Provides detailed instructions for regluing and refitting chair joints, repairing or patching damaged furniture surfaces, refinishing tables and chairs, replacing woven seats, and reupholstering couches and chairs
Prepared by The War Department as a guide to the repair of furniture used in Army offices, clubs, messes, quarters and hospitals, this book provides detailed coverage of the construction of the more common pieces of furniture, and describes tools and techniques used in furniture repair. Book jacket.
Covering the period from the publication of Thomas Chippendale's The Gentleman and Cabinet-Makers' Director (1754) to the Great Exhibition (1851), this book analyses the relationships between producer retailers and consumers of furniture and interior design, and explores what effect dialogues surrounding these transactions had on the standardisation of furniture production during this period. This was an era, before mass production, when domestic furniture was made both to order and from standard patterns and negotiations between producers and consumers formed a crucial part of the design and production process. This study narrows in on three main areas of this process: the role of pattern books and their readers; the construction of taste and style through negotiation; and daily interactions through showrooms and other services, to reveal the complexities of English material culture in a period of industrialisation.
Most homes in the past were not elite, wealthy interiors complete with high fashion furnishings, designed by well-known architects and designers, as many domestic histories often seem to have assumed. As this book makes clear, there were in fact an enormous variety of house interiors in England during the period 1750–1850, reflecting the location, status and gender of particular householders, as well as their changing attitudes, tastes and aspirations. By focusing on non-metropolitan homes, which represented the majority of households in England, this study highlights the need for historians to look beyond prevailing attitudes that often reduce interiors to generic descriptions based on high fashions of the decorative arts. Instead it shows how numerous social and cultural influences affected the manner in which homes were furnished and decorated. Issues such as the availability of goods, gender, regional taste, income, the second-hand market, changing notions of privacy and household hierarchies and print culture, could all have a significant impact on domestic furnishing. The study ends with a discussion of how domestic interiors of historic properties have been presented and displayed in modern times, highlighting how competing notions of the past can cloud as well as illuminate the issue. Combining cultural history and qualitative analysis of evidence, this book presents a new way of looking at 'ordinary' and 'provincial' homes that enriches our understanding of English domestic life of the late eighteenth and early nineteenth centuries.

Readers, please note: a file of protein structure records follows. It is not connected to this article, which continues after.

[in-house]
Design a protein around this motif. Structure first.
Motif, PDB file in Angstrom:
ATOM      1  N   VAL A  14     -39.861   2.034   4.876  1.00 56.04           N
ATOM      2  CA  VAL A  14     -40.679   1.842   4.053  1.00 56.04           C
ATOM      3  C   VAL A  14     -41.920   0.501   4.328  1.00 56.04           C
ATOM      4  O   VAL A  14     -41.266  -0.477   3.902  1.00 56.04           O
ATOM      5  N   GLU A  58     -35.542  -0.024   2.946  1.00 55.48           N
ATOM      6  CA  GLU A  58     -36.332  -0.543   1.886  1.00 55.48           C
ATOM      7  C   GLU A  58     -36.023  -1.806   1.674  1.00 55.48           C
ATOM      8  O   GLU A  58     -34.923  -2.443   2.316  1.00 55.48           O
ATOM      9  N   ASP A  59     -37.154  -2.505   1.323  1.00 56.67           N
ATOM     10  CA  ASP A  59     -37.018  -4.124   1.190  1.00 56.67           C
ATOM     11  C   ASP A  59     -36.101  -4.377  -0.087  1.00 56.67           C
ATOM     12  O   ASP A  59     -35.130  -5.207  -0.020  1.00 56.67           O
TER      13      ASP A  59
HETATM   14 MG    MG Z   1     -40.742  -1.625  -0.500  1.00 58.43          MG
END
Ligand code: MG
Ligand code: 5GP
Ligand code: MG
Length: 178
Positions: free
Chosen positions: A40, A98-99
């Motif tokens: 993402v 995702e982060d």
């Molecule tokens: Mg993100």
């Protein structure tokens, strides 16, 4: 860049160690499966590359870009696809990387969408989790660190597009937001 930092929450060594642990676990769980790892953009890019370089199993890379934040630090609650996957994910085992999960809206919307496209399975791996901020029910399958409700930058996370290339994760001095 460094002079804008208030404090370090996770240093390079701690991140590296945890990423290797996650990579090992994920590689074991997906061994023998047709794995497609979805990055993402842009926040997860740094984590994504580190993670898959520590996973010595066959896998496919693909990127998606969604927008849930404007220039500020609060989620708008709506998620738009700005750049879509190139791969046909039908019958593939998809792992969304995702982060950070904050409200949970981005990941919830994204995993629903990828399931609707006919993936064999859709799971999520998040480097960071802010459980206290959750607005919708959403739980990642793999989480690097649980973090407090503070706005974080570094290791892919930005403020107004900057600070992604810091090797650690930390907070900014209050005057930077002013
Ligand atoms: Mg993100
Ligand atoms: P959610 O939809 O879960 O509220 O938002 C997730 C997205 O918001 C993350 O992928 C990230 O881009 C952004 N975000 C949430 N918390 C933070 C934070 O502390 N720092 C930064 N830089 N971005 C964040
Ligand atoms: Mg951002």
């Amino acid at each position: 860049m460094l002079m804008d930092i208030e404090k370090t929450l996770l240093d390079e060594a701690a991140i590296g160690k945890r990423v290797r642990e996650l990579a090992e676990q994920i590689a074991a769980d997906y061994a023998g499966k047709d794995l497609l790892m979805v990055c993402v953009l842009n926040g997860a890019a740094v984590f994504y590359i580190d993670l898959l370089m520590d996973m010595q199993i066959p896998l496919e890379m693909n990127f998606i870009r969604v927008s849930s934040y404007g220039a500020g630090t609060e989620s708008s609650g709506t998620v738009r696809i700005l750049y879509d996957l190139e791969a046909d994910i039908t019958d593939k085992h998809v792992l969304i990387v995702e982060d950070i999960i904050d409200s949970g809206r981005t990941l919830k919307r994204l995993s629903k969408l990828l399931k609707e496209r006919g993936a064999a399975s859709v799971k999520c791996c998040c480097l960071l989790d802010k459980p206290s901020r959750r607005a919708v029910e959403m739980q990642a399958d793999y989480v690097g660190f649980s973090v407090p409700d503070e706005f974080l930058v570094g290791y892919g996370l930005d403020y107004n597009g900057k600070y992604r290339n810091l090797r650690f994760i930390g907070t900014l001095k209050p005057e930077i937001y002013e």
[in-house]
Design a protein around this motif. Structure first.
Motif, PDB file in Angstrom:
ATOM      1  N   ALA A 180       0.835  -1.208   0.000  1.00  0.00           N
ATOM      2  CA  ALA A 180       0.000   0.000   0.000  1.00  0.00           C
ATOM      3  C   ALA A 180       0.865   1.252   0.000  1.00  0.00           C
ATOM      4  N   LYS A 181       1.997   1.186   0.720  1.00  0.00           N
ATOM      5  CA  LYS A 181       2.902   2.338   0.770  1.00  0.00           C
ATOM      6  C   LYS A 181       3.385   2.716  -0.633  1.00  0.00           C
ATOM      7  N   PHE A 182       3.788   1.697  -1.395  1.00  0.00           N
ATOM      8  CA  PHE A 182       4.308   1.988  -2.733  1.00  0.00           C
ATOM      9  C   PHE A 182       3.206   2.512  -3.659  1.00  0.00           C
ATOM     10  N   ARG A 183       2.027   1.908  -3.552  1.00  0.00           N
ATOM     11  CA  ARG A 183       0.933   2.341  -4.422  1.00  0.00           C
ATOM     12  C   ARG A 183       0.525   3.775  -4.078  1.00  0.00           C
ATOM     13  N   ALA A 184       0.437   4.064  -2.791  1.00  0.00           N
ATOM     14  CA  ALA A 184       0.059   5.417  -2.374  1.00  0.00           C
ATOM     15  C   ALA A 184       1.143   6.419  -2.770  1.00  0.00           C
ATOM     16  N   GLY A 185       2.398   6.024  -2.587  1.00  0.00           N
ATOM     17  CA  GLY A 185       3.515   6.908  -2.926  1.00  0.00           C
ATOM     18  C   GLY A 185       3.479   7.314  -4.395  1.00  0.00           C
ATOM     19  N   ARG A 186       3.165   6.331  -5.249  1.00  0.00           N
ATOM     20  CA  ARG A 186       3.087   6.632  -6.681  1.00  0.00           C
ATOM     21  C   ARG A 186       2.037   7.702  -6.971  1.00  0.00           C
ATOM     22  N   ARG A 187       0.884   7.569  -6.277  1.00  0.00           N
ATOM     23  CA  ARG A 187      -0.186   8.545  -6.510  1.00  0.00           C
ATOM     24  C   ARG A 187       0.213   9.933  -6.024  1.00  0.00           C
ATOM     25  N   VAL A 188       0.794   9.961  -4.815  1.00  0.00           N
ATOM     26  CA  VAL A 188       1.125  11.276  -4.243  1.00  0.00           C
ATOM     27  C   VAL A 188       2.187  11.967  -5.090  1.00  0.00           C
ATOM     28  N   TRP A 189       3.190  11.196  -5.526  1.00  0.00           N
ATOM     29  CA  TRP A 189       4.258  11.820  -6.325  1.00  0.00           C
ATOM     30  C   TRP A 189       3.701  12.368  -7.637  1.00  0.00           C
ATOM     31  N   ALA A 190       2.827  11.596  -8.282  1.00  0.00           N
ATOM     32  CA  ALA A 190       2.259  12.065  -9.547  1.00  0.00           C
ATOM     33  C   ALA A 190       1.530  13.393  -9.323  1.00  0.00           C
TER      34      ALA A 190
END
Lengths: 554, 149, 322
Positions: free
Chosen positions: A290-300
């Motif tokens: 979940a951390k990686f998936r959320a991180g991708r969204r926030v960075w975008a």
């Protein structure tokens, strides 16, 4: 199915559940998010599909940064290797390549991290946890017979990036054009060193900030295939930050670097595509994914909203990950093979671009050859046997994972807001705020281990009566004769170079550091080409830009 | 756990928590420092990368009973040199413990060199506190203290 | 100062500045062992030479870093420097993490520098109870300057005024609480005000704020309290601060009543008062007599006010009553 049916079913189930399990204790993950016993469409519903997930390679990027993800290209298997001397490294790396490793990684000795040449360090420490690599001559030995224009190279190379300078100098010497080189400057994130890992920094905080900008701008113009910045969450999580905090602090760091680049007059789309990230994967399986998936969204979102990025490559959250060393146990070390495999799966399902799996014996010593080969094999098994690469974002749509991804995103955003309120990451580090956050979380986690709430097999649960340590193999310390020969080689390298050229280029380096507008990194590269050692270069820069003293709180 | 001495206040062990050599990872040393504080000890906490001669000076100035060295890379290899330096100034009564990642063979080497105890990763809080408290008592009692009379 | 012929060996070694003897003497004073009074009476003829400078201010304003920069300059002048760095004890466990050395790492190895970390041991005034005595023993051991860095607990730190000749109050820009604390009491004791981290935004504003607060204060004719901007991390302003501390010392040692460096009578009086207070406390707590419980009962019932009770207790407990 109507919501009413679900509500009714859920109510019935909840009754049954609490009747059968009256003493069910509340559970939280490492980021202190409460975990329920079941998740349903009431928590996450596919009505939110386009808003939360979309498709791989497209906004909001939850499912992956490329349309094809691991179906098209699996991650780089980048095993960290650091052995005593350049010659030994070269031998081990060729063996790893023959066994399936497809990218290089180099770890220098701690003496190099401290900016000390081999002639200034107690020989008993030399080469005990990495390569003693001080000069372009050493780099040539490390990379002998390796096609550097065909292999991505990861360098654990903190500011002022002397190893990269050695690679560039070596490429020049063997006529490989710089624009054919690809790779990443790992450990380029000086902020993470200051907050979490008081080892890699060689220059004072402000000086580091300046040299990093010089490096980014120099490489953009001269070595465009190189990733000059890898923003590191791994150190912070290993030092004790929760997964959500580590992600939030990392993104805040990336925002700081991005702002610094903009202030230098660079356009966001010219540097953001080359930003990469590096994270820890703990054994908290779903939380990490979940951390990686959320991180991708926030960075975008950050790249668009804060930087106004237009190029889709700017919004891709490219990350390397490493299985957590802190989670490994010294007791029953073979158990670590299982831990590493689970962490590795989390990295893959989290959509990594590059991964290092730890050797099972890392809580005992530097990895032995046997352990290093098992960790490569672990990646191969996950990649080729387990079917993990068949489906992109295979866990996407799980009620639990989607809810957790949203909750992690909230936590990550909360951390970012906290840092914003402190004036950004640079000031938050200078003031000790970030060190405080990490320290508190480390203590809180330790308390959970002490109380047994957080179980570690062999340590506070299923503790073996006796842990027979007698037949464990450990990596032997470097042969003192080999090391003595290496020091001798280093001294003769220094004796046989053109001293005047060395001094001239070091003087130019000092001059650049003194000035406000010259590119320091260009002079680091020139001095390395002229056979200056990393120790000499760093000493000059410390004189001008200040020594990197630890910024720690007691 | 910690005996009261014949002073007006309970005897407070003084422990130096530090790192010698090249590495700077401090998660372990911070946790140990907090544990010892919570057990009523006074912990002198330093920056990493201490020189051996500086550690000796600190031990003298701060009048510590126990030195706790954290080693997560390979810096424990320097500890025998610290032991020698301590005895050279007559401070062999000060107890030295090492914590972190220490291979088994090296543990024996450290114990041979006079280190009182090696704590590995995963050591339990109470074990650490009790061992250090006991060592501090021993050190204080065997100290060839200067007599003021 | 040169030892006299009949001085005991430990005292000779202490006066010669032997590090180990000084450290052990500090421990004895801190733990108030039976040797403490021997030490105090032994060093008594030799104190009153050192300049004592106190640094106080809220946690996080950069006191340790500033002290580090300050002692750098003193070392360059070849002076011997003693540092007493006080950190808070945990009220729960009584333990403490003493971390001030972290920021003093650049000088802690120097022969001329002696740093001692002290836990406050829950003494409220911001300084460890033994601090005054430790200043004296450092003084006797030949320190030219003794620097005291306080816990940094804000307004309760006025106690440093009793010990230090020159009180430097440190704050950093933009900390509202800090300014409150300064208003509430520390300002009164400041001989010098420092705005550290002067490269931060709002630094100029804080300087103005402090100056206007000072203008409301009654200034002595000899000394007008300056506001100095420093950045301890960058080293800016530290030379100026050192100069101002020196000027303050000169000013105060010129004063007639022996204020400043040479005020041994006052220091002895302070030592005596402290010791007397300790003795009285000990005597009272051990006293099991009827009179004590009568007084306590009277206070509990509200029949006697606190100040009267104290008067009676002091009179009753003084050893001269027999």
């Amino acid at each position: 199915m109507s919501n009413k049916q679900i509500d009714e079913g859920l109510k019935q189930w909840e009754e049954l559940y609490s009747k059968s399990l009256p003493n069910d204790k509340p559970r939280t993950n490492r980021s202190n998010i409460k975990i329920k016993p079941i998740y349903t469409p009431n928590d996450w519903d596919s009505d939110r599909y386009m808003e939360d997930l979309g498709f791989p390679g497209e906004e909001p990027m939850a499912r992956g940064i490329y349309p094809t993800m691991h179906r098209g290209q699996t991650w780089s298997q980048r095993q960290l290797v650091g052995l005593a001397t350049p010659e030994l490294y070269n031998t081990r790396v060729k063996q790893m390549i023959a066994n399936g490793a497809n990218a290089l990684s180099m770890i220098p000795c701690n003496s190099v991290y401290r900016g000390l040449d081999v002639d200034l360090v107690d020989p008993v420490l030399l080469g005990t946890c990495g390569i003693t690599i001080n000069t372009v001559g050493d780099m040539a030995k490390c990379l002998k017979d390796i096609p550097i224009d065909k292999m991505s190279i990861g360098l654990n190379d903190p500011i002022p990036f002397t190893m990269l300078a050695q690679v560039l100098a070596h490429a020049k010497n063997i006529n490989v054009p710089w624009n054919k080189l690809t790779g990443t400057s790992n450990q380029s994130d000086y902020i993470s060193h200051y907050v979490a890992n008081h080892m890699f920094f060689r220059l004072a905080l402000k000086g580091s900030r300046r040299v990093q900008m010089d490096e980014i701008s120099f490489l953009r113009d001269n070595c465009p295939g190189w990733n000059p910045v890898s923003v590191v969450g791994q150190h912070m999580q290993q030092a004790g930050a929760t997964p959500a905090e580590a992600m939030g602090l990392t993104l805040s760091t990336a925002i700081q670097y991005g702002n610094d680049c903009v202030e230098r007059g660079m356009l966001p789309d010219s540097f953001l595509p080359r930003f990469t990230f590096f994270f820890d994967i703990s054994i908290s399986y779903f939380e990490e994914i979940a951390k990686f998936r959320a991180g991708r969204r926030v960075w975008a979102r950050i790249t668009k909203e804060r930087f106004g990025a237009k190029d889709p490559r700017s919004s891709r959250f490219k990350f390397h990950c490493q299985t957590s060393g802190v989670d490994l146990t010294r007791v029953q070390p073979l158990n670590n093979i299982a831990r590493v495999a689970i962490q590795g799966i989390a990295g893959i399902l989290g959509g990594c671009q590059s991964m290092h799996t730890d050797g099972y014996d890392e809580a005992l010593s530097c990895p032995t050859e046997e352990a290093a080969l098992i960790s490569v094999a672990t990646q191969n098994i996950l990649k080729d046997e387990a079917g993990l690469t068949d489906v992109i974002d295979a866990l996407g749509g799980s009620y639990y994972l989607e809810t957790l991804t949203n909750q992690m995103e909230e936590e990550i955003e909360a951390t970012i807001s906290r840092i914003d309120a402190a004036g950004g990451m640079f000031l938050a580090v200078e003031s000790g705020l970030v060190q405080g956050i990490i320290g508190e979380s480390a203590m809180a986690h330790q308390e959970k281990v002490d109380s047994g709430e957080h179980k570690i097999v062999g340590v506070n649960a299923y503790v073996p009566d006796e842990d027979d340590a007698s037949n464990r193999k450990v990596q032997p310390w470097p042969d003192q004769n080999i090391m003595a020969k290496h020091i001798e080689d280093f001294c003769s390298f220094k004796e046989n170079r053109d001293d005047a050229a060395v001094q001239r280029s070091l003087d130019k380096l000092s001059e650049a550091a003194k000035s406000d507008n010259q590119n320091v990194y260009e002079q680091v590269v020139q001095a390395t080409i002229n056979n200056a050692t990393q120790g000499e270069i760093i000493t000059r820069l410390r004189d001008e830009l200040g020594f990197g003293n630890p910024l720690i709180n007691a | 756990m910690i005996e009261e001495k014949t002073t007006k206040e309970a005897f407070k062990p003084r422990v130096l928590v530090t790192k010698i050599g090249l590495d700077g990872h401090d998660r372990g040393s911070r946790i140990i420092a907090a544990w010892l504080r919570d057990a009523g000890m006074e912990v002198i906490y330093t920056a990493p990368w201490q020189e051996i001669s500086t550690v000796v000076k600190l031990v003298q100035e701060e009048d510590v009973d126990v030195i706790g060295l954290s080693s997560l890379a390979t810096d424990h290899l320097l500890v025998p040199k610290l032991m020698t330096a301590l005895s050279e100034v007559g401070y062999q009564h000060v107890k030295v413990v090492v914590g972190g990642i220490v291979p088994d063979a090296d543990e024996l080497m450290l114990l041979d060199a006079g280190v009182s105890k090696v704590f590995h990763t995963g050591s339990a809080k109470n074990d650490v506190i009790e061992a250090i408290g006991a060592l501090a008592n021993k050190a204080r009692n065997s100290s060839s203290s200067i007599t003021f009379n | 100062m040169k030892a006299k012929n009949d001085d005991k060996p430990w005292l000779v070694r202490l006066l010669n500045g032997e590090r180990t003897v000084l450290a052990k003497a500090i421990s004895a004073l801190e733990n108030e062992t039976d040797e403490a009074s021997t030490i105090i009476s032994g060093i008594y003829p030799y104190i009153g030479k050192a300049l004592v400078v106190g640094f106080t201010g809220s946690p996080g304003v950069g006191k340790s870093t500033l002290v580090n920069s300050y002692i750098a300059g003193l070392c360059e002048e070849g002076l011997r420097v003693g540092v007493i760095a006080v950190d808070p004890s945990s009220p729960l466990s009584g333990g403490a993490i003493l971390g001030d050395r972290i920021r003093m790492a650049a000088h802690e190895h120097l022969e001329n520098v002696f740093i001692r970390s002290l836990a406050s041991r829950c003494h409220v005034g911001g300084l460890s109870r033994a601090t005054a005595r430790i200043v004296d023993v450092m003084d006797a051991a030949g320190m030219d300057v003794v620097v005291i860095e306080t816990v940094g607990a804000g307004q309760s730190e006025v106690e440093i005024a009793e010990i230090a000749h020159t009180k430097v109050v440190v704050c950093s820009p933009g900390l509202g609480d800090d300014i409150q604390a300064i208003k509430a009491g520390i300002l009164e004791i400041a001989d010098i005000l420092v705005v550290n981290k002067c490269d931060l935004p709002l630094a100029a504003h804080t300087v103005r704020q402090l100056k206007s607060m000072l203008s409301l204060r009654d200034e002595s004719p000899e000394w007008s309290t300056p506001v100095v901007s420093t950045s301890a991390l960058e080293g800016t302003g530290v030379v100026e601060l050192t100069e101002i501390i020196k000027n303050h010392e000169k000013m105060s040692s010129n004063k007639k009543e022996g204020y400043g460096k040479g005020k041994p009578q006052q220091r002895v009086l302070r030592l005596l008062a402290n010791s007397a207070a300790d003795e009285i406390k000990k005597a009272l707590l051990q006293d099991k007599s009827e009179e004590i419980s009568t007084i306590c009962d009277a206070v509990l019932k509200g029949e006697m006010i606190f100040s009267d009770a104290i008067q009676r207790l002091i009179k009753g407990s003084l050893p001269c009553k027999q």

It started with a prayer and was answered at the crooked tree. It is a journey of approximately eight years, as the Holy Spirit placed this poetry in the heart of a man who prayed a simple prayer and asked, "Why is life so hard?" These poems show us God's love, provision and his promises for all mankind. They speak about issues we all face in life and there are many scripture references which proclaim God's thoughts and purpose for every one. Craig Kiehl was raised in Oxford CT. and has been a machinist for thirty-five years. He is married, with three children and twin granddaughters. He moved his family to Gordonsville, TN in 1999 and in the year of 2000 started writing poetry. He is a Graduate of Gateway of Hope Bible Leadership and Ministry School. A member of Love's Way Community Church, a volunteer worker and counselor at Joseph's Storehouse Food Ministry, both located in Lebanon, TN.